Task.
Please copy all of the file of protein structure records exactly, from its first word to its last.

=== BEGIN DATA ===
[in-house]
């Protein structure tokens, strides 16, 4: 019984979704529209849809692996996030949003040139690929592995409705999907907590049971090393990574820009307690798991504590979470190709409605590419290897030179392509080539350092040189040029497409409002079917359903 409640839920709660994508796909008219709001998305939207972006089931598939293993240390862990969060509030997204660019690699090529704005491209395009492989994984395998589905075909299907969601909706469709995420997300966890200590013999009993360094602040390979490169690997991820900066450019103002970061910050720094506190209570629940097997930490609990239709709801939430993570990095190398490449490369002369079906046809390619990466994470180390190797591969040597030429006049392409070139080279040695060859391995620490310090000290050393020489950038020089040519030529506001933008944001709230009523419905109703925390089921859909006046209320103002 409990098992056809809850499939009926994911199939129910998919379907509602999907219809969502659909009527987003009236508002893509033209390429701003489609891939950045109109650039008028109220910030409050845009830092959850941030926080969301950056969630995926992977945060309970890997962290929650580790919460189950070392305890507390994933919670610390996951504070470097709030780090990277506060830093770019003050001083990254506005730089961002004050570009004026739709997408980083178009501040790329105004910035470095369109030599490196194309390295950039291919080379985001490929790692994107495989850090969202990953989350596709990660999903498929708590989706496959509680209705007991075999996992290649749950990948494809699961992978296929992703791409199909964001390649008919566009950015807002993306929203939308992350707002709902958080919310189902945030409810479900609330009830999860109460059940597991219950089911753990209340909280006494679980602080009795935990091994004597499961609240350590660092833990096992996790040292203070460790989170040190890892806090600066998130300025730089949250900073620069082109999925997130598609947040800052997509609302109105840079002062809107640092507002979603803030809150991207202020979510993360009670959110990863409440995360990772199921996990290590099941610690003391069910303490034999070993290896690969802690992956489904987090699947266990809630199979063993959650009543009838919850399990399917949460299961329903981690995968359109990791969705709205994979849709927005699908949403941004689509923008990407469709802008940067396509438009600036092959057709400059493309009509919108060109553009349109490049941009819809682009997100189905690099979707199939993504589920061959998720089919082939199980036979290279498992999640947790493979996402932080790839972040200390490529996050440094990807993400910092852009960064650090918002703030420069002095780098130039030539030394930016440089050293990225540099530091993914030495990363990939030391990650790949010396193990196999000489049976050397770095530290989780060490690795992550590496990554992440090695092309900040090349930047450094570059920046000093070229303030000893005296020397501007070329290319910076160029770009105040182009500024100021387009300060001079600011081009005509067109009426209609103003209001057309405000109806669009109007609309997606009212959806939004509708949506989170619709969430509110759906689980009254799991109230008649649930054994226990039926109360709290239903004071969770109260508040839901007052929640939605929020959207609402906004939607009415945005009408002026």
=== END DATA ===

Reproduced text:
[in-house]
């Protein structure tokens, strides 16, 4: 019984979704529209849809692996996030949003040139690929592995409705999907907590049971090393990574820009307690798991504590979470190709409605590419290897030179392509080539350092040189040029497409409002079917359903 409640839920709660994508796909008219709001998305939207972006089931598939293993240390862990969060509030997204660019690699090529704005491209395009492989994984395998589905075909299907969601909706469709995420997300966890200590013999009993360094602040390979490169690997991820900066450019103002970061910050720094506190209570629940097997930490609990239709709801939430993570990095190398490449490369002369079906046809390619990466994470180390190797591969040597030429006049392409070139080279040695060859391995620490310090000290050393020489950038020089040519030529506001933008944001709230009523419905109703925390089921859909006046209320103002 409990098992056809809850499939009926994911199939129910998919379907509602999907219809969502659909009527987003009236508002893509033209390429701003489609891939950045109109650039008028109220910030409050845009830092959850941030926080969301950056969630995926992977945060309970890997962290929650580790919460189950070392305890507390994933919670610390996951504070470097709030780090990277506060830093770019003050001083990254506005730089961002004050570009004026739709997408980083178009501040790329105004910035470095369109030599490196194309390295950039291919080379985001490929790692994107495989850090969202990953989350596709990660999903498929708590989706496959509680209705007991075999996992290649749950990948494809699961992978296929992703791409199909964001390649008919566009950015807002993306929203939308992350707002709902958080919310189902945030409810479900609330009830999860109460059940597991219950089911753990209340909280006494679980602080009795935990091994004597499961609240350590660092833990096992996790040292203070460790989170040190890892806090600066998130300025730089949250900073620069082109999925997130598609947040800052997509609302109105840079002062809107640092507002979603803030809150991207202020979510993360009670959110990863409440995360990772199921996990290590099941610690003391069910303490034999070993290896690969802690992956489904987090699947266990809630199979063993959650009543009838919850399990399917949460299961329903981690995968359109990791969705709205994979849709927005699908949403941004689509923008990407469709802008940067396509438009600036092959057709400059493309009509919108060109553009349109490049941009819809682009997100189905690099979707199939993504589920061959998720089919082939199980036979290279498992999640947790493979996402932080790839972040200390490529996050440094990807993400910092852009960064650090918002703030420069002095780098130039030539030394930016440089050293990225540099530091993914030495990363990939030391990650790949010396193990196999000489049976050397770095530290989780060490690795992550590496990554992440090695092309900040090349930047450094570059920046000093070229303030000893005296020397501007070329290319910076160029770009105040182009500024100021387009300060001079600011081009005509067109009426209609103003209001057309405000109806669009109007609309997606009212959806939004509708949506989170619709969430509110759906689980009254799991109230008649649930054994226990039926109360709290239903004071969770109260508040839901007052929640939605929020959207609402906004939607009415945005009408002026």